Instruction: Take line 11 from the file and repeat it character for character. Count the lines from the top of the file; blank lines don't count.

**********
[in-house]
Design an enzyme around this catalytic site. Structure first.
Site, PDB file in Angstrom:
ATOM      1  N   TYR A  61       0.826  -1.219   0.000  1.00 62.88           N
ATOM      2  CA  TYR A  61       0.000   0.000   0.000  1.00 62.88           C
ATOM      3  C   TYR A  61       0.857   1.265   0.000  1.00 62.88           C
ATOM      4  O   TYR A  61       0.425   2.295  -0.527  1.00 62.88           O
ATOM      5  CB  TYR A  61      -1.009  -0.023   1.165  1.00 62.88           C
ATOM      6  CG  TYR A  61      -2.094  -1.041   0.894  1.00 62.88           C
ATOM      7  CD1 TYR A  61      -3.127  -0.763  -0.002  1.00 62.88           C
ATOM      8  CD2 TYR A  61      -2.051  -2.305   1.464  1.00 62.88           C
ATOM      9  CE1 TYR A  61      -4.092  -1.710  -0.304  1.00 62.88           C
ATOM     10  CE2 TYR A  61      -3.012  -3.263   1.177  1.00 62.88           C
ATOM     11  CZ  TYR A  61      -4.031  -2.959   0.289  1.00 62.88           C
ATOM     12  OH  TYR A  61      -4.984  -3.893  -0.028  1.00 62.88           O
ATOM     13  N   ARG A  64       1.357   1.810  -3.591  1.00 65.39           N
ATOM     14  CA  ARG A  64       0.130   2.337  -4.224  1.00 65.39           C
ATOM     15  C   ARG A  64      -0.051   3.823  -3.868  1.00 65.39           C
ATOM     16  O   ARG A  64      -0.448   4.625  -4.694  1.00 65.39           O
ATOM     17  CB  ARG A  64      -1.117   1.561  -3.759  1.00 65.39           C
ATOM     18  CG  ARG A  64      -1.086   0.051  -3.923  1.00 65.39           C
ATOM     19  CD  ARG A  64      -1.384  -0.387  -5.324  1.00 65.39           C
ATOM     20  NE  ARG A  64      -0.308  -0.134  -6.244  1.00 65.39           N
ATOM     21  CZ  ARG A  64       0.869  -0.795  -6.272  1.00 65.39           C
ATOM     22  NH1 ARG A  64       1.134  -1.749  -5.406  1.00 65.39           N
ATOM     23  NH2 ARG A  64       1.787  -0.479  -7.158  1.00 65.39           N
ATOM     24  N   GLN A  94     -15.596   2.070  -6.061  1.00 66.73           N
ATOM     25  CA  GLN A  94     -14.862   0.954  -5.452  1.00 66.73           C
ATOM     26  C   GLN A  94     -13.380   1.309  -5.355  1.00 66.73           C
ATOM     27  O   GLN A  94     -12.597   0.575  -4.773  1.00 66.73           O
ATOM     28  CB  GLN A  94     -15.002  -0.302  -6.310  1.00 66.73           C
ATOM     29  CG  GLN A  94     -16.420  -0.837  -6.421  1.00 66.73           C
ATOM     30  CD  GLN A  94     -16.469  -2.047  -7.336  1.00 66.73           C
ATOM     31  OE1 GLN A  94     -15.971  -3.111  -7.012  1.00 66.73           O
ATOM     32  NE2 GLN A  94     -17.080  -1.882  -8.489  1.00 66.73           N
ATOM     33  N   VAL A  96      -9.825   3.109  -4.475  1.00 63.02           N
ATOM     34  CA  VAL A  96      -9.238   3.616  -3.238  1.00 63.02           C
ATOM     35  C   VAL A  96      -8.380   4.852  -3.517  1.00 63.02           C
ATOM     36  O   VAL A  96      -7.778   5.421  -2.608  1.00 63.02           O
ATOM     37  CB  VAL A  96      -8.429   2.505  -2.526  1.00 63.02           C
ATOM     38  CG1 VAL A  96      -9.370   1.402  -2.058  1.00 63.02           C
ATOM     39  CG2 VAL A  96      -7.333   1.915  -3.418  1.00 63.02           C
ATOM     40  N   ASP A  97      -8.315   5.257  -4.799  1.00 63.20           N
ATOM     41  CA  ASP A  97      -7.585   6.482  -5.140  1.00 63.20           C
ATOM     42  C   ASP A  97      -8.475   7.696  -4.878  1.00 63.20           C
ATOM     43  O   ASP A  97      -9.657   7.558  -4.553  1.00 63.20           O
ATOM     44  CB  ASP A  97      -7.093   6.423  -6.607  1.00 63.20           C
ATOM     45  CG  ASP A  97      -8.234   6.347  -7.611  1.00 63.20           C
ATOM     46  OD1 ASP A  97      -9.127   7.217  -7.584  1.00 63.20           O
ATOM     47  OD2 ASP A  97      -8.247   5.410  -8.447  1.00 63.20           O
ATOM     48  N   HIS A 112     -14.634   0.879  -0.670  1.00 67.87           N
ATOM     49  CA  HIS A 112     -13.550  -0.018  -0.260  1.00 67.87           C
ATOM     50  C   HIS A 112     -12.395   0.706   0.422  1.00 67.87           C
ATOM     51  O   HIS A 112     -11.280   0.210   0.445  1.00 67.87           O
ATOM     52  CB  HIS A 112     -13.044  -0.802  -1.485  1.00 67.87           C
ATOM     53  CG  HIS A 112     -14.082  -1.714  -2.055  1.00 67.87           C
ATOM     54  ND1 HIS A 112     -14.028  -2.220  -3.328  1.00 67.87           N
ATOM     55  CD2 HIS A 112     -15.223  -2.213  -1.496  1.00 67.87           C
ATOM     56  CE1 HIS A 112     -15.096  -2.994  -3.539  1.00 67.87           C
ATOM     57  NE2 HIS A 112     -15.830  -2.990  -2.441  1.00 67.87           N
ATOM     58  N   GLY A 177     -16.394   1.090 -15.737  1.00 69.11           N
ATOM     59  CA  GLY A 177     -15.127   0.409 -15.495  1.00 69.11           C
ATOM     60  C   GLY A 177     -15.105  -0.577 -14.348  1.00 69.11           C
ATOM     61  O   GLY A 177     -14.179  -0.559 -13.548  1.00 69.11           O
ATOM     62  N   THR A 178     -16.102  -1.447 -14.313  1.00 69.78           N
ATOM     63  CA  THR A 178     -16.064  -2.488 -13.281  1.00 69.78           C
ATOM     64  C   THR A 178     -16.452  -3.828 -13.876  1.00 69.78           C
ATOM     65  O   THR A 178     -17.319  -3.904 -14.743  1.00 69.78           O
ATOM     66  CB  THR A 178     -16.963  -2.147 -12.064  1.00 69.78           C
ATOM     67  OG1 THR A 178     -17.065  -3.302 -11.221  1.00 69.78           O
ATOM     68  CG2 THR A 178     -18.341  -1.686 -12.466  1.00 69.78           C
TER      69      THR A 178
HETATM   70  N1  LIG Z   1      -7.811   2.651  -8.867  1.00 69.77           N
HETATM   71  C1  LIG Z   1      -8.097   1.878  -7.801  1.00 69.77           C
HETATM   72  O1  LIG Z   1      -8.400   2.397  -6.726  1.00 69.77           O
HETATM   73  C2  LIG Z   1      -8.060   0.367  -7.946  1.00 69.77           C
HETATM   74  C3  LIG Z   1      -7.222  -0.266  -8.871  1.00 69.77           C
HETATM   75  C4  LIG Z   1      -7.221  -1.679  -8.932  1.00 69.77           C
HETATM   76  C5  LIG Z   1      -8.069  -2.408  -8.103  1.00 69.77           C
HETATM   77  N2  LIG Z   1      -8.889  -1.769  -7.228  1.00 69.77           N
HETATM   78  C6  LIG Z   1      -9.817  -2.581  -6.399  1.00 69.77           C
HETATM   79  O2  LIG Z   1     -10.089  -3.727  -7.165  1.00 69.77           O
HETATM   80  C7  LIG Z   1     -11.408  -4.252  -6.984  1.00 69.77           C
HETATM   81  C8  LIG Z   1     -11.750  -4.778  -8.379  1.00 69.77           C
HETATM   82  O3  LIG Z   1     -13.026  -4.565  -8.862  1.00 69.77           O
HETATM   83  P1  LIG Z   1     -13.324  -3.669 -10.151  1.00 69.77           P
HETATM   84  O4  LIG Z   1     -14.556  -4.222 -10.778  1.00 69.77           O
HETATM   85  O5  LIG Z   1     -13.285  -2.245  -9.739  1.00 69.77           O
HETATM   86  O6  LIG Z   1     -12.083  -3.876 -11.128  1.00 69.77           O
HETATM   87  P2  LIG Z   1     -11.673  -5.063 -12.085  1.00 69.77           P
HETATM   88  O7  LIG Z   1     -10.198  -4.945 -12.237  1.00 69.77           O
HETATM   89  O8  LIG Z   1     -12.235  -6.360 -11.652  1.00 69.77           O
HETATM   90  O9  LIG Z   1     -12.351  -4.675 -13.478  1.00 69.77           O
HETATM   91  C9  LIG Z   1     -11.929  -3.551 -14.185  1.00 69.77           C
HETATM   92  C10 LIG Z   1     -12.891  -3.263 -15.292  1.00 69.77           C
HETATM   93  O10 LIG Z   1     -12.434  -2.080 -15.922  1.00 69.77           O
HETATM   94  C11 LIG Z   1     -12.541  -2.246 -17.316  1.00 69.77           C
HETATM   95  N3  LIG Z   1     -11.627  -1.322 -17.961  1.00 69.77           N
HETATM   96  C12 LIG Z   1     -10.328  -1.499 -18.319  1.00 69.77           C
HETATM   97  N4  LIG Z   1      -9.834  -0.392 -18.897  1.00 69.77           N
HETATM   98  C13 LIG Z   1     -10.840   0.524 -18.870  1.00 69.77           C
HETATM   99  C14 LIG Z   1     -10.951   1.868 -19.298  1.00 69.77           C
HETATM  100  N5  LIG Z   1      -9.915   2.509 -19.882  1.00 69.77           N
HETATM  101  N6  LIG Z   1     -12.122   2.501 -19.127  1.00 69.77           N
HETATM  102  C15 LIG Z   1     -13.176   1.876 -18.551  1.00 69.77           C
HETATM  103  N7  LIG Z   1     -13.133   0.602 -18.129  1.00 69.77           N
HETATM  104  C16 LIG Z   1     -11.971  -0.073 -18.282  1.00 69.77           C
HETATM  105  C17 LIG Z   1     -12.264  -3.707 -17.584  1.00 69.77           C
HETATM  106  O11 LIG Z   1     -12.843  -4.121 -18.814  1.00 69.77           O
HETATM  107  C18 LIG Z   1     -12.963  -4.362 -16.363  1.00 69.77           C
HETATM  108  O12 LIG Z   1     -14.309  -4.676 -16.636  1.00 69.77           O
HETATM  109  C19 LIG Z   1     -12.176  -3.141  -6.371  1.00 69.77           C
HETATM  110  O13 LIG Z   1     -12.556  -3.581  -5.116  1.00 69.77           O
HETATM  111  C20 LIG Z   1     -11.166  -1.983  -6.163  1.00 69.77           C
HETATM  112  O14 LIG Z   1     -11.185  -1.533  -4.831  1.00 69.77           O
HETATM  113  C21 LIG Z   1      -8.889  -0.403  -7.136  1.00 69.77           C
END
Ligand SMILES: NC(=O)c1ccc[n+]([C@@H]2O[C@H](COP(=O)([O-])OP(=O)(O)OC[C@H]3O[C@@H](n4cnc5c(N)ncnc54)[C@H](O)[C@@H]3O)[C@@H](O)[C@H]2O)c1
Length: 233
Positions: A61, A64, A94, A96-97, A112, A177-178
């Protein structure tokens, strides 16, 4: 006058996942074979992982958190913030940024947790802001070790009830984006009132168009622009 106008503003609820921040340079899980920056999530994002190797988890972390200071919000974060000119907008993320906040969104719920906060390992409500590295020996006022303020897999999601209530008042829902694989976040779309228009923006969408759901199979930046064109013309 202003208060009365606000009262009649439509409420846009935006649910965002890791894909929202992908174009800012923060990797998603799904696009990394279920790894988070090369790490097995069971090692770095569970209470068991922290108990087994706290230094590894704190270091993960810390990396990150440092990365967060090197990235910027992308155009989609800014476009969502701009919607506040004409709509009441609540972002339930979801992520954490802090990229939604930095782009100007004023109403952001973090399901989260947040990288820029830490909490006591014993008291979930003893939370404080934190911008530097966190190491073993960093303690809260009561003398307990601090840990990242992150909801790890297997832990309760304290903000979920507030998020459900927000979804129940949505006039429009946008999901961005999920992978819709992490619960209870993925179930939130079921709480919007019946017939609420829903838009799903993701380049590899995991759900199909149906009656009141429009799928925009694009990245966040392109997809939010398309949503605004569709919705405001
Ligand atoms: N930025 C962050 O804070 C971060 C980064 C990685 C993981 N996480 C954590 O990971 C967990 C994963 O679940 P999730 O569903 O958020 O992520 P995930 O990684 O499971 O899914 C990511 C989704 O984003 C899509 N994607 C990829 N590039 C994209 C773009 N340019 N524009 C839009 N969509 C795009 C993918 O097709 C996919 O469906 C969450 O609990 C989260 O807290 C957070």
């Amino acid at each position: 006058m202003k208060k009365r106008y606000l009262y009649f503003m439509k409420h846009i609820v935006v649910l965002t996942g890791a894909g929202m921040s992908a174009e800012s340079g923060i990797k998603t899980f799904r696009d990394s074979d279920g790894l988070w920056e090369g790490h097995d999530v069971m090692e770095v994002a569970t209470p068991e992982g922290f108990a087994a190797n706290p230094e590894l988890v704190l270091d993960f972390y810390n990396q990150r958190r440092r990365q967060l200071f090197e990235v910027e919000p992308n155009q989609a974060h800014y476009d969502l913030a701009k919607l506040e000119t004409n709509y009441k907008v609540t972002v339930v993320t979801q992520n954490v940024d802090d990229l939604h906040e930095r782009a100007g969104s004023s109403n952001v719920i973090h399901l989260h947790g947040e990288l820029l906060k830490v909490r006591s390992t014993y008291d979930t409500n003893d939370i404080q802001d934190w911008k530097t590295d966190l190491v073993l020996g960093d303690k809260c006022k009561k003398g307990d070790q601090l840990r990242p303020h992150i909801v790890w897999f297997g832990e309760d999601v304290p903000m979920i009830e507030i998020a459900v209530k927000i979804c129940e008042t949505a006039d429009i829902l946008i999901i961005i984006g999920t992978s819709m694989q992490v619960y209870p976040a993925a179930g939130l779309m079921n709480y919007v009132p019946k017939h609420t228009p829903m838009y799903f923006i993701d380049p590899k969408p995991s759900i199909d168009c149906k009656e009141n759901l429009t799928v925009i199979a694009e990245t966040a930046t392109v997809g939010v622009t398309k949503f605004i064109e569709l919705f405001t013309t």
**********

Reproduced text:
ATOM      8  CD2 TYR A  61      -2.051  -2.305   1.464  1.00 62.88           C